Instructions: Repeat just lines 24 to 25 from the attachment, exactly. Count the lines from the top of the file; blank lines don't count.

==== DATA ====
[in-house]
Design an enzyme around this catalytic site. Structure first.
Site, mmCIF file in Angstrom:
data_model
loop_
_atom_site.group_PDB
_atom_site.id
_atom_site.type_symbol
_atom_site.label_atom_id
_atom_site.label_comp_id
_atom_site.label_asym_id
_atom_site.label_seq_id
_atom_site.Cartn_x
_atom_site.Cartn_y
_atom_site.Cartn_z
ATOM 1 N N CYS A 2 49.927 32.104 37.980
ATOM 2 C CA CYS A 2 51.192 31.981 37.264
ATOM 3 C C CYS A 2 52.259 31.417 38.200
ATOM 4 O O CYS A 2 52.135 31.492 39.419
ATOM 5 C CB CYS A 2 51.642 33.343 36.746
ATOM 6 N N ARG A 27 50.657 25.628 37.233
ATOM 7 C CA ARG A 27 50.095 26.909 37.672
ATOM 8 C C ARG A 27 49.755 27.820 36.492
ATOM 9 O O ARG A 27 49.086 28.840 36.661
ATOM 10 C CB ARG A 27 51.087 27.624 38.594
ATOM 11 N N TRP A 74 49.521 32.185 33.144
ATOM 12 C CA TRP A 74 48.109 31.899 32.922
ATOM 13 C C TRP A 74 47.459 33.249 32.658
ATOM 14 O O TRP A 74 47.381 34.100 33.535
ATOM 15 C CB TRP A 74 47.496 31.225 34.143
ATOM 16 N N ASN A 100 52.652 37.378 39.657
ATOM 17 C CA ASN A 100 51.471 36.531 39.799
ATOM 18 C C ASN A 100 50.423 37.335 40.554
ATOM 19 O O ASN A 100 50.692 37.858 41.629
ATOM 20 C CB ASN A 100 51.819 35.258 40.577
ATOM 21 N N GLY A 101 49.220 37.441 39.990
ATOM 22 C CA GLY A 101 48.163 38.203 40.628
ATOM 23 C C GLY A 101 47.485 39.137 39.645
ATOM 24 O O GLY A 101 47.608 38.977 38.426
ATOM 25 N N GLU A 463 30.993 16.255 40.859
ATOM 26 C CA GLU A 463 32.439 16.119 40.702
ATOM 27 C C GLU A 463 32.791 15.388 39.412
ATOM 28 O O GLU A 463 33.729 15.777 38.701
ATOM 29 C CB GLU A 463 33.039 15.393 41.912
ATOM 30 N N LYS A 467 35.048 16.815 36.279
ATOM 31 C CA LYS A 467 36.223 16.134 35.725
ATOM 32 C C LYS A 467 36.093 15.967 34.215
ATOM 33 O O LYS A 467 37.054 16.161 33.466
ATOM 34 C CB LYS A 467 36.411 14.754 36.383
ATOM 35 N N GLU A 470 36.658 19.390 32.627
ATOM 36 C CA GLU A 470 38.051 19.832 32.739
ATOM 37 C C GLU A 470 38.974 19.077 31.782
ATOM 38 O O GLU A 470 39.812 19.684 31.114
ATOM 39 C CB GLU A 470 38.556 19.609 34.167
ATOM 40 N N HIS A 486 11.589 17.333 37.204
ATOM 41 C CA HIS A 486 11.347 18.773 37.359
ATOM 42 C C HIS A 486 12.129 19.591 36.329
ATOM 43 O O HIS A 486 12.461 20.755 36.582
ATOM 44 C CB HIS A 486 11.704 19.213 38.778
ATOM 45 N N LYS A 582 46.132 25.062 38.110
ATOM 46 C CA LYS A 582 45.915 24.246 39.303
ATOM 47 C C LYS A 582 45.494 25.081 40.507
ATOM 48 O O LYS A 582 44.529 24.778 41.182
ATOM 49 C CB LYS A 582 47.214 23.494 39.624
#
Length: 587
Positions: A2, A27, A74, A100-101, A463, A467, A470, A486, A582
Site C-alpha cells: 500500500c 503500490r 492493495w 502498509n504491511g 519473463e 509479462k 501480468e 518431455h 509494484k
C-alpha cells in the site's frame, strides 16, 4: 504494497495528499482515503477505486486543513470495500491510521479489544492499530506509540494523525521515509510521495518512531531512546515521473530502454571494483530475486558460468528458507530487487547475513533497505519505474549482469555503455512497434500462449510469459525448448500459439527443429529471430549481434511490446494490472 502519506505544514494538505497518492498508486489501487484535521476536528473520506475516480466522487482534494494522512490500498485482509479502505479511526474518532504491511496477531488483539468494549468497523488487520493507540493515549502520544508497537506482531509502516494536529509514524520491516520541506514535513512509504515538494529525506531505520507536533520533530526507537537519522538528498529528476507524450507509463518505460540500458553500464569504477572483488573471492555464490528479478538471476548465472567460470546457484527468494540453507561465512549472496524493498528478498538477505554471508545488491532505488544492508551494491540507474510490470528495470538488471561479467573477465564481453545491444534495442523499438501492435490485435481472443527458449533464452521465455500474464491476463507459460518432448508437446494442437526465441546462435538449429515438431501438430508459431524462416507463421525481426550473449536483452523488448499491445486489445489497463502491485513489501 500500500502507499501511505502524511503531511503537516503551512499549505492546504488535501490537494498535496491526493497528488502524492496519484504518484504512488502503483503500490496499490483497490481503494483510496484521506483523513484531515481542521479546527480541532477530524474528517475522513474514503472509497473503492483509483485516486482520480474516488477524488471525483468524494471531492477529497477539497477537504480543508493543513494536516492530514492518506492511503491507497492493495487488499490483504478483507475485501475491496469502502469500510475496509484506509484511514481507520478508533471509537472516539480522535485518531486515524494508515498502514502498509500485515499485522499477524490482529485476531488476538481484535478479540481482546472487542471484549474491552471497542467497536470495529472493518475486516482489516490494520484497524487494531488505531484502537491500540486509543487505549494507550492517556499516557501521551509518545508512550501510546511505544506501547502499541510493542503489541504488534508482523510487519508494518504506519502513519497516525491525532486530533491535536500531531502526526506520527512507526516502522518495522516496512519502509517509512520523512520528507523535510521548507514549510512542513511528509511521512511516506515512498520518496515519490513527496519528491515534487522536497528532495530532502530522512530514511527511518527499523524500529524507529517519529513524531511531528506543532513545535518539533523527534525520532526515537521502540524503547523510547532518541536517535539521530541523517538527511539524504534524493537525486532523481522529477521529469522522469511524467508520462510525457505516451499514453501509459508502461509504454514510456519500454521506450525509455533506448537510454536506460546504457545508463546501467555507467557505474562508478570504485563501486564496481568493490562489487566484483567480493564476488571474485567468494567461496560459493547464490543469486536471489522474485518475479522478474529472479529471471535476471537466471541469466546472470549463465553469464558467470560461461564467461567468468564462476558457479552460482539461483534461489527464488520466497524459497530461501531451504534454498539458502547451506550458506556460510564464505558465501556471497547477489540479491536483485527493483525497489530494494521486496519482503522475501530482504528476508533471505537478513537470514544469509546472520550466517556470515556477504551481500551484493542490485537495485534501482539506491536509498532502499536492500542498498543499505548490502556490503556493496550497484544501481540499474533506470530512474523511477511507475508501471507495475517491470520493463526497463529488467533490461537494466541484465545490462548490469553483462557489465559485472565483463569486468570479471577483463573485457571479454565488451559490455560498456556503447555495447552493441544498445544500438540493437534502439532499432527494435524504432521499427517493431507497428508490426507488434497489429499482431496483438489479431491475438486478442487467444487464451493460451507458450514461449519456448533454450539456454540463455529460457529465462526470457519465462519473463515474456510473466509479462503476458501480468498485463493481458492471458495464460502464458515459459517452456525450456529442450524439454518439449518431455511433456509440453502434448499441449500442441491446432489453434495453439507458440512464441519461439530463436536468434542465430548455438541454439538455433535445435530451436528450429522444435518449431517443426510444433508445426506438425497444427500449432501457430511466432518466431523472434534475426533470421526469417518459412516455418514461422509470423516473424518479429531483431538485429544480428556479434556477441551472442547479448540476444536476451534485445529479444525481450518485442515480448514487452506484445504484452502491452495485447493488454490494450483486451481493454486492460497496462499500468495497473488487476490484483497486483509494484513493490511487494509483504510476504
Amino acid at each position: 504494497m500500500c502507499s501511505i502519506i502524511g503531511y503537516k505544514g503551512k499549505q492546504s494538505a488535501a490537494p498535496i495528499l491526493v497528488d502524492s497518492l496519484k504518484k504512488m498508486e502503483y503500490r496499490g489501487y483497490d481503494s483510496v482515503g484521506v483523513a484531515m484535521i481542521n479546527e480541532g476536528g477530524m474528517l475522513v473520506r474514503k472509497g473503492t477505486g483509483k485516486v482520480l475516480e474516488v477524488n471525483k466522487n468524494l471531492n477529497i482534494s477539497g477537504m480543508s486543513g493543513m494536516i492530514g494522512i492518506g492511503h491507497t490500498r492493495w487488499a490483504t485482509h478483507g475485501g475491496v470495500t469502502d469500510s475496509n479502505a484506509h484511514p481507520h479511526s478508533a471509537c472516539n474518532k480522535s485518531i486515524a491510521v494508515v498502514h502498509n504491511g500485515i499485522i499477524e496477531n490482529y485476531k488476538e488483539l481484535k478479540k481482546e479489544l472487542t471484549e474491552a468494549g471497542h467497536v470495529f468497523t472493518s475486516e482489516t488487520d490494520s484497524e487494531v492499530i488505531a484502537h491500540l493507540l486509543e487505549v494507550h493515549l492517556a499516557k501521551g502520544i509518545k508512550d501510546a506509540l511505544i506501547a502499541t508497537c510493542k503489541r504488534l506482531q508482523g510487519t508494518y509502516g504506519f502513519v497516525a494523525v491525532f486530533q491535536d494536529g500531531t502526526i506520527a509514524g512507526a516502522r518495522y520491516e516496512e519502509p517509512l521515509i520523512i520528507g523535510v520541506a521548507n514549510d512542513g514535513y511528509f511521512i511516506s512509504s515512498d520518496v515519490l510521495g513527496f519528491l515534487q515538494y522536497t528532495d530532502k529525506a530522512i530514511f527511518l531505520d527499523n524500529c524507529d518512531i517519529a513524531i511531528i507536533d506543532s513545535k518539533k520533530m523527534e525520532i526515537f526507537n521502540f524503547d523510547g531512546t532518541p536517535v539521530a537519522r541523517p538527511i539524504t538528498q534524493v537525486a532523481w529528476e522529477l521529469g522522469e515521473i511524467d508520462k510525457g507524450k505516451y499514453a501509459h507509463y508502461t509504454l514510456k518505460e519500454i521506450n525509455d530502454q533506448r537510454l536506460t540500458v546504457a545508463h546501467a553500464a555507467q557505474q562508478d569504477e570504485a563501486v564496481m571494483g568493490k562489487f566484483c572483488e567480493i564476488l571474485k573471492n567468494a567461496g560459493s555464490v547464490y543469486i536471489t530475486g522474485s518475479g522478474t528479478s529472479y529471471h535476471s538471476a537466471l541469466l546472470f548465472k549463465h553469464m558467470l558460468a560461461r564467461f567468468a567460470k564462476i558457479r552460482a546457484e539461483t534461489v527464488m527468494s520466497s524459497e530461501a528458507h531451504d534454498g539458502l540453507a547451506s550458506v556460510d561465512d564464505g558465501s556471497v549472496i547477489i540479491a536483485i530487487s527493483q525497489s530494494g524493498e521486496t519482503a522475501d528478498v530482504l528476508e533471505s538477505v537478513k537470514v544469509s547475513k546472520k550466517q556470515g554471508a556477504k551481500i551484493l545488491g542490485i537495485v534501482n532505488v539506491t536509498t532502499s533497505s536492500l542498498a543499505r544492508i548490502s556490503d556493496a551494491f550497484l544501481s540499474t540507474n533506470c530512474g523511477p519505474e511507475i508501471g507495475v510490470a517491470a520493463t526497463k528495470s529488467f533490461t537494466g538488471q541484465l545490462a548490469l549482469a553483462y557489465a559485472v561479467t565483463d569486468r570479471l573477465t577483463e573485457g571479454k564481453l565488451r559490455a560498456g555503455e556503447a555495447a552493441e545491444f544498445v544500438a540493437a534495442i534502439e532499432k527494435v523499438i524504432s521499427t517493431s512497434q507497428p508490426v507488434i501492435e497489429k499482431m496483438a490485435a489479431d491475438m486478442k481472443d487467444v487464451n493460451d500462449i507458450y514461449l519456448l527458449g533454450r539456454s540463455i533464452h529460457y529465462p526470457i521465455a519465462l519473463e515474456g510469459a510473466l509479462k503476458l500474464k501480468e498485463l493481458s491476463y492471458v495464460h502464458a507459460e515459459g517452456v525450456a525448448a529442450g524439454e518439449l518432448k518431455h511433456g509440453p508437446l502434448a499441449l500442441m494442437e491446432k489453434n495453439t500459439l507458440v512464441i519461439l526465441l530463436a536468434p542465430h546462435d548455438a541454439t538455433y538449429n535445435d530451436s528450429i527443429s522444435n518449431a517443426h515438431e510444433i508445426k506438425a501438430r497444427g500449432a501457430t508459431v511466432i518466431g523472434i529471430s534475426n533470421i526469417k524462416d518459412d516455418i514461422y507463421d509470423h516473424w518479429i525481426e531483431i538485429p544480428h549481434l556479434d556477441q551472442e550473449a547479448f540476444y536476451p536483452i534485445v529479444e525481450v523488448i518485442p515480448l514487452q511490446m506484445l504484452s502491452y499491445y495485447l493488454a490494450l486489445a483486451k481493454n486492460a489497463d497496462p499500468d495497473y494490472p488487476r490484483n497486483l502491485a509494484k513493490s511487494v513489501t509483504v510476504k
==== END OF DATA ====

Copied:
ATOM 9 O O ARG A 27 49.086 28.840 36.661
ATOM 10 C CB ARG A 27 51.087 27.624 38.594